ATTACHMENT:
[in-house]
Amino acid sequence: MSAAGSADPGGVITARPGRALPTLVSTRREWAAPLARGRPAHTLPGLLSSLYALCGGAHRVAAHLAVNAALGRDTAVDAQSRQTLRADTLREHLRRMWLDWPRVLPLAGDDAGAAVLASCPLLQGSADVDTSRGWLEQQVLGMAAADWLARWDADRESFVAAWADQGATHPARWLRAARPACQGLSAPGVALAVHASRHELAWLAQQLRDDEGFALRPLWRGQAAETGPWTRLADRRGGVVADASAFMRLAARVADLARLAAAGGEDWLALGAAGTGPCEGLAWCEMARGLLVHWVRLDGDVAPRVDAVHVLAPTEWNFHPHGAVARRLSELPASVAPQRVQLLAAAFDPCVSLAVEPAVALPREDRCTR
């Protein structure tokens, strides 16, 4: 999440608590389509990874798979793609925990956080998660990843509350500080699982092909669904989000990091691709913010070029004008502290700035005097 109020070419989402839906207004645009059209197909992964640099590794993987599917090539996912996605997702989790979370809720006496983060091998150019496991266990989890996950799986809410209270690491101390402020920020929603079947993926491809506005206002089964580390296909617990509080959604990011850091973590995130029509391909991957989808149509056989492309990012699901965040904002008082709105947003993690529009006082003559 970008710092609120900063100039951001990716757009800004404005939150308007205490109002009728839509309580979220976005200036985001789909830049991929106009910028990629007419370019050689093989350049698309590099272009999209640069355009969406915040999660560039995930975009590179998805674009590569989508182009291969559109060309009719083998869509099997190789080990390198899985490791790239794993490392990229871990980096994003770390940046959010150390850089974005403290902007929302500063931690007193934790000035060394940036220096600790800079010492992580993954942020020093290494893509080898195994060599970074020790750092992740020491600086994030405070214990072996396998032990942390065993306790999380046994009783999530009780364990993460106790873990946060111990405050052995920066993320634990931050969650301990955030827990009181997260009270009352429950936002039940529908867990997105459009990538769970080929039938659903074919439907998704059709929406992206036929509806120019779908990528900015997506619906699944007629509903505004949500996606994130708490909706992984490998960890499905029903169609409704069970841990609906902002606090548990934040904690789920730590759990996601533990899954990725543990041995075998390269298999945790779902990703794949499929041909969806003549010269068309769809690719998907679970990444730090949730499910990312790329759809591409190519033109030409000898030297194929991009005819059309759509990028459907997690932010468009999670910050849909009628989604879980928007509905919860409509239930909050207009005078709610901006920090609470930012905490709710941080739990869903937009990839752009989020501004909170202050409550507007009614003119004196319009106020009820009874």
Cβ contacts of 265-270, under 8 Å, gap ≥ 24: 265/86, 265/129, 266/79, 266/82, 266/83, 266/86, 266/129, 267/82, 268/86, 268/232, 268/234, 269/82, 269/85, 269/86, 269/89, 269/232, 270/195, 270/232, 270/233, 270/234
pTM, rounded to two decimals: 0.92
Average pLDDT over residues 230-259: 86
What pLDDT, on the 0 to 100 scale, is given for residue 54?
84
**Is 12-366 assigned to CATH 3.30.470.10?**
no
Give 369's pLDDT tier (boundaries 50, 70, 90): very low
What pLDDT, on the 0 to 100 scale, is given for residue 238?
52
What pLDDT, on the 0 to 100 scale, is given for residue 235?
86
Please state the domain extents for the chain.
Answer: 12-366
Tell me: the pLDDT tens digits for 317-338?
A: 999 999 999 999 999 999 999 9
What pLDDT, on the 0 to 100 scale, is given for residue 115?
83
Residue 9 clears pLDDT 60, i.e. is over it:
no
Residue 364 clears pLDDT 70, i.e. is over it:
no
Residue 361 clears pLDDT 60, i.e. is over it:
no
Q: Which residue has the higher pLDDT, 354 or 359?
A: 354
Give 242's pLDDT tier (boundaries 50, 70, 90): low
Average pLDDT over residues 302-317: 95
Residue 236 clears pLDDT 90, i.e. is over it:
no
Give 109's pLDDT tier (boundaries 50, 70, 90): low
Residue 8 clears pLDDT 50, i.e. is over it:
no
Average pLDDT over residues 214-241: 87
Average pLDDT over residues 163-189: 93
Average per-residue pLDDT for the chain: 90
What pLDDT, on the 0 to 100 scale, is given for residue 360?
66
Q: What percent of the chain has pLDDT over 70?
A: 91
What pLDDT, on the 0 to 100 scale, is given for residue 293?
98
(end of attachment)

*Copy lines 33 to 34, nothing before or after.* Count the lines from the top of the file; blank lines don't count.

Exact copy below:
no
Give 109's pLDDT tier (boundaries 50, 70, 90): low